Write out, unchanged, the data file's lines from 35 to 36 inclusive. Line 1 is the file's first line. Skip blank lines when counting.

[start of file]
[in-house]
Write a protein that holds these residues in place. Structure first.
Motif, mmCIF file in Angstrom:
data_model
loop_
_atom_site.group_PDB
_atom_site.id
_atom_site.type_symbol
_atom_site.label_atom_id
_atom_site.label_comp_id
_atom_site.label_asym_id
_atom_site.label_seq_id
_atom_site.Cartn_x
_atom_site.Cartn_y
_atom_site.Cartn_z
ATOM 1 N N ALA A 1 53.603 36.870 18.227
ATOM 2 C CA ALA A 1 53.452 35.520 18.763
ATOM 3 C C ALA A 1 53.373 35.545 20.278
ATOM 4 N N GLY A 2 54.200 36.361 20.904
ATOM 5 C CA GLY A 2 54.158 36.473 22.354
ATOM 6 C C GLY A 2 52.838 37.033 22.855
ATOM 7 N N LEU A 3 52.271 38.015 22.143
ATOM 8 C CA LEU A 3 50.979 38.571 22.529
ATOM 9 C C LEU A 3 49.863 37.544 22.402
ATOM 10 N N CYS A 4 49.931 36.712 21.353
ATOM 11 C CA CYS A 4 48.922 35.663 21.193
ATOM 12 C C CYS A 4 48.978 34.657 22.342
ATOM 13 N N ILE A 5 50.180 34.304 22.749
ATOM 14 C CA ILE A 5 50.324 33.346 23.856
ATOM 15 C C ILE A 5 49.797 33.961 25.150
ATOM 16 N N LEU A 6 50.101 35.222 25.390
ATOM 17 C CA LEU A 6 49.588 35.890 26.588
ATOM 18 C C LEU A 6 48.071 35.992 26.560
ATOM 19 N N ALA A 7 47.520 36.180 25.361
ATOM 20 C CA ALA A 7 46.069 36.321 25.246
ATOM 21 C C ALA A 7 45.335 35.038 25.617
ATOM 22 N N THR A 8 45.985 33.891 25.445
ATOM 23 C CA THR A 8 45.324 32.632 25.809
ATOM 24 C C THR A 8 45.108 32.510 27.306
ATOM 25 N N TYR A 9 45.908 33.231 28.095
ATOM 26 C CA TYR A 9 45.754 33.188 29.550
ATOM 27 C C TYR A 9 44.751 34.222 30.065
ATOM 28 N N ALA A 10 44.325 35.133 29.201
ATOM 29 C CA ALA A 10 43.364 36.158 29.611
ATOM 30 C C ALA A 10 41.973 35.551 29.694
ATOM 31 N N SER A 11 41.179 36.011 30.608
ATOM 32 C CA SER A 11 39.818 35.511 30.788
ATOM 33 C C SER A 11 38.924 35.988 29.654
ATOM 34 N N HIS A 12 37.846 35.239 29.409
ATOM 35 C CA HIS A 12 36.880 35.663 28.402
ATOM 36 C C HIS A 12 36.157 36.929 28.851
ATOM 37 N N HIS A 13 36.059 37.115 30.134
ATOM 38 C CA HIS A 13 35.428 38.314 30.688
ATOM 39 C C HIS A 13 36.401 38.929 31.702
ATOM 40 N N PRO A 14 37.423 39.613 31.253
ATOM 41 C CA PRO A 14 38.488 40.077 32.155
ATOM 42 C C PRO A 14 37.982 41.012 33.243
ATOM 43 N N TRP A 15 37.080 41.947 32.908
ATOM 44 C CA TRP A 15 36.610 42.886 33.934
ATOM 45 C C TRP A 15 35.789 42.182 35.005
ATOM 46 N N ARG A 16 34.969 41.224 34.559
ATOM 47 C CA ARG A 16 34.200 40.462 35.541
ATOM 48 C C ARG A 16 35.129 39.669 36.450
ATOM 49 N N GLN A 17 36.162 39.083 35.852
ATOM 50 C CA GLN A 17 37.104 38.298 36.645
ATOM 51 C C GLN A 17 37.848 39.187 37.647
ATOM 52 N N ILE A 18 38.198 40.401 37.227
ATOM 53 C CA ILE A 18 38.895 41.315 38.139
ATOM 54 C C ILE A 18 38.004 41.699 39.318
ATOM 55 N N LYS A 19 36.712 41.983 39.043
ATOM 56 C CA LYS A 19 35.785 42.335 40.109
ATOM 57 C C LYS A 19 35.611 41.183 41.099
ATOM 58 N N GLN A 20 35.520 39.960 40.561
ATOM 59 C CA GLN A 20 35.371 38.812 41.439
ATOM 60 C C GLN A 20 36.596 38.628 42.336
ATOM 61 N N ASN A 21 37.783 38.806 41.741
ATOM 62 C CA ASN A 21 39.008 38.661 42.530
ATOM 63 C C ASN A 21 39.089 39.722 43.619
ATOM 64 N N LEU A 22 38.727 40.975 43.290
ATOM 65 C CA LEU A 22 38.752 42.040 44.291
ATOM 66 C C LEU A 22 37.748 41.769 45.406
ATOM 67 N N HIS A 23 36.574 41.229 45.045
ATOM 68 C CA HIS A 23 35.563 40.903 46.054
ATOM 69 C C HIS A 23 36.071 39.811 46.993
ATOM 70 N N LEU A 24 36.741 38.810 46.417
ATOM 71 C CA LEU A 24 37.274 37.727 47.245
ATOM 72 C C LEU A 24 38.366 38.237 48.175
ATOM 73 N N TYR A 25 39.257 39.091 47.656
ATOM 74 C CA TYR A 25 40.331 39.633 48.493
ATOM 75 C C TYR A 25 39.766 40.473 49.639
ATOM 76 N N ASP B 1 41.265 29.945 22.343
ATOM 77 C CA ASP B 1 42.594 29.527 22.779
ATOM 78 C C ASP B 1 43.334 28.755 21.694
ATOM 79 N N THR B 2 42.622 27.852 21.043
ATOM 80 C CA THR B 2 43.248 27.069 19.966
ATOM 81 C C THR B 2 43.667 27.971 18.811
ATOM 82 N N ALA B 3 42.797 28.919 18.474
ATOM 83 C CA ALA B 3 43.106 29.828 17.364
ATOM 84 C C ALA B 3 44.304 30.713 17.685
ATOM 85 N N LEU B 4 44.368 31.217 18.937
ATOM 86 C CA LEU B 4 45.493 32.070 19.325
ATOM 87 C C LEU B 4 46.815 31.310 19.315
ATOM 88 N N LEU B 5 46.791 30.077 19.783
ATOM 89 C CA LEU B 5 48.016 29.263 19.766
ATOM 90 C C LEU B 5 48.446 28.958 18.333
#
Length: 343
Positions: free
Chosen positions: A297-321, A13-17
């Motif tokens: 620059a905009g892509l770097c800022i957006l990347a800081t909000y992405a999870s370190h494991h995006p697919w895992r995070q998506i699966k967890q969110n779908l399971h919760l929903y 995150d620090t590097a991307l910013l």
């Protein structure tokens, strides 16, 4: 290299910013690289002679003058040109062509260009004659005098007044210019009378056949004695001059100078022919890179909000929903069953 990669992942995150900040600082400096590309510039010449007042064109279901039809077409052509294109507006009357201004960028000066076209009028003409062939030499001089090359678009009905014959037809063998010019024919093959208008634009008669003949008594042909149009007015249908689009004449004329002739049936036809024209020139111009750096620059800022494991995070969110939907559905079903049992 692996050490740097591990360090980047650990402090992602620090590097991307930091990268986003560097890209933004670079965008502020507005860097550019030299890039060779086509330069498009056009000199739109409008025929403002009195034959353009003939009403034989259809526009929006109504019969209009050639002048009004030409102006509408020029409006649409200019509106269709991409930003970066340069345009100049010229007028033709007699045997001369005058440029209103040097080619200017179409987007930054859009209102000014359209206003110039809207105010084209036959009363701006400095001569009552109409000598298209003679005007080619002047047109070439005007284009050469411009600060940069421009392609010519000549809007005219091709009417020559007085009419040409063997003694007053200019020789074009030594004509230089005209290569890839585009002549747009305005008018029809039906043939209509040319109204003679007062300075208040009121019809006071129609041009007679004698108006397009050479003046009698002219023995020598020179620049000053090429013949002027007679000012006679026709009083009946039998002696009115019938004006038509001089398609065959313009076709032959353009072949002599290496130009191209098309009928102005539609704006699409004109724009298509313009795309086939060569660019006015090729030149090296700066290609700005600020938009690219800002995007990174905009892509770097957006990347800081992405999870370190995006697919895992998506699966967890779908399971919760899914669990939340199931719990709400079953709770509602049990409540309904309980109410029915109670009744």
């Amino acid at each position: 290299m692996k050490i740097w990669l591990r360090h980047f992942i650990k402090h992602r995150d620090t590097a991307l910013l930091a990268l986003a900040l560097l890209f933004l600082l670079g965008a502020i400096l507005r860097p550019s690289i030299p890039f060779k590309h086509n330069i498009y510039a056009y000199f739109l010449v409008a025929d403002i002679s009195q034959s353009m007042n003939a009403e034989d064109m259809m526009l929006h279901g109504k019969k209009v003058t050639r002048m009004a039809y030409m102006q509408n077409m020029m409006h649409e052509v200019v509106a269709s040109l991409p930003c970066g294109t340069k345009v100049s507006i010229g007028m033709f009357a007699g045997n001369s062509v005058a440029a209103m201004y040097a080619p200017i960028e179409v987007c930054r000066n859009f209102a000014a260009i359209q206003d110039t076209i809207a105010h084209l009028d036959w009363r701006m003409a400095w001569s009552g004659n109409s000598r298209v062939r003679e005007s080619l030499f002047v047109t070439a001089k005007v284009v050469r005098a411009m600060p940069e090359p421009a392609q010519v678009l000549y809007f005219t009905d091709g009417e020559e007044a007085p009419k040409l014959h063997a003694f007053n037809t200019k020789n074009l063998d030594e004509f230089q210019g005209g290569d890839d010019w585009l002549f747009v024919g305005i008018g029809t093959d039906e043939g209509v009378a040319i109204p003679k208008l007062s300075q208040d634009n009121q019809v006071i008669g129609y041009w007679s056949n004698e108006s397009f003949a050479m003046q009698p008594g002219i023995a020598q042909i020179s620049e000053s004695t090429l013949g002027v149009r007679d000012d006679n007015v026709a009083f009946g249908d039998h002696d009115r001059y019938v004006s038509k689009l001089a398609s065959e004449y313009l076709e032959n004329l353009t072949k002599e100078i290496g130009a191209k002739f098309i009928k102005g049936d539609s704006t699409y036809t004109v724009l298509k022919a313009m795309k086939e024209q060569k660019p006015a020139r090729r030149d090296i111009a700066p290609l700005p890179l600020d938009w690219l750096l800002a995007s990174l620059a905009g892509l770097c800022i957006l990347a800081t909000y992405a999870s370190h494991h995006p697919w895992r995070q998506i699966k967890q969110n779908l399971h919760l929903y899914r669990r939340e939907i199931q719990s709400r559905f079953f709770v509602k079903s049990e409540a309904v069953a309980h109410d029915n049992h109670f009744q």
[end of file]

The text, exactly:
ATOM 20 C CA ALA A 7 46.069 36.321 25.246
ATOM 21 C C ALA A 7 45.335 35.038 25.617